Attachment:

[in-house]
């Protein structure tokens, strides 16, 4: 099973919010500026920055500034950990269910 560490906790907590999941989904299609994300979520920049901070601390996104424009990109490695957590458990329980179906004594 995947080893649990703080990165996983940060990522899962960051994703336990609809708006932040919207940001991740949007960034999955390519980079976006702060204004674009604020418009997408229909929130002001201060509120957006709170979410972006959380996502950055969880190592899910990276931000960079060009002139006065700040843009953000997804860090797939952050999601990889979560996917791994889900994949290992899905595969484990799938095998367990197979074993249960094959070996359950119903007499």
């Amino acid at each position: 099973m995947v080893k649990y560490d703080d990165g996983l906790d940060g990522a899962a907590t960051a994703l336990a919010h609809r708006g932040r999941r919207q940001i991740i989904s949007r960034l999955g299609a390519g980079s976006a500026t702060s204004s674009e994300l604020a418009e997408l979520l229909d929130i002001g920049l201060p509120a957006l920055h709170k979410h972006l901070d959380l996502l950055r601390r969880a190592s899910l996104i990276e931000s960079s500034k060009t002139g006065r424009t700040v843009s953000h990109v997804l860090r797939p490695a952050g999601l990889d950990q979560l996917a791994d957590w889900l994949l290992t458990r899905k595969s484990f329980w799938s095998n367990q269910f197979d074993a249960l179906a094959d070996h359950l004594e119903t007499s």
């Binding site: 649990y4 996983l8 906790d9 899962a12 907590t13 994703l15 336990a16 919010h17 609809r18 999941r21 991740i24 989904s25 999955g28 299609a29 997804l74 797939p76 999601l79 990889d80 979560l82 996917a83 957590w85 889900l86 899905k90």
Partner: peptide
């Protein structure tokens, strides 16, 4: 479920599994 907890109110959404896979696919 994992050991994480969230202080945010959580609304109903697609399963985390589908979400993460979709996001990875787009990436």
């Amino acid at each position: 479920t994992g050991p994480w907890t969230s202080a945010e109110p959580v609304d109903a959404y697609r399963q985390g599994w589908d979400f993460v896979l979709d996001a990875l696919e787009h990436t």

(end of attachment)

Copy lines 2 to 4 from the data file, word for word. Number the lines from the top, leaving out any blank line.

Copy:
């Protein structure tokens, strides 16, 4: 099973919010500026920055500034950990269910 560490906790907590999941989904299609994300979520920049901070601390996104424009990109490695957590458990329980179906004594 995947080893649990703080990165996983940060990522899962960051994703336990609809708006932040919207940001991740949007960034999955390519980079976006702060204004674009604020418009997408229909929130002001201060509120957006709170979410972006959380996502950055969880190592899910990276931000960079060009002139006065700040843009953000997804860090797939952050999601990889979560996917791994889900994949290992899905595969484990799938095998367990197979074993249960094959070996359950119903007499």
């Amino acid at each position: 099973m995947v080893k649990y560490d703080d990165g996983l906790d940060g990522a899962a907590t960051a994703l336990a919010h609809r708006g932040r999941r919207q940001i991740i989904s949007r960034l999955g299609a390519g980079s976006a500026t702060s204004s674009e994300l604020a418009e997408l979520l229909d929130i002001g920049l201060p509120a957006l920055h709170k979410h972006l901070d959380l996502l950055r601390r969880a190592s899910l996104i990276e931000s960079s500034k060009t002139g006065r424009t700040v843009s953000h990109v997804l860090r797939p490695a952050g999601l990889d950990q979560l996917a791994d957590w889900l994949l290992t458990r899905k595969s484990f329980w799938s095998n367990q269910f197979d074993a249960l179906a094959d070996h359950l004594e119903t007499s």
């Binding site: 649990y4 996983l8 906790d9 899962a12 907590t13 994703l15 336990a16 919010h17 609809r18 999941r21 991740i24 989904s25 999955g28 299609a29 997804l74 797939p76 999601l79 990889d80 979560l82 996917a83 957590w85 889900l86 899905k90």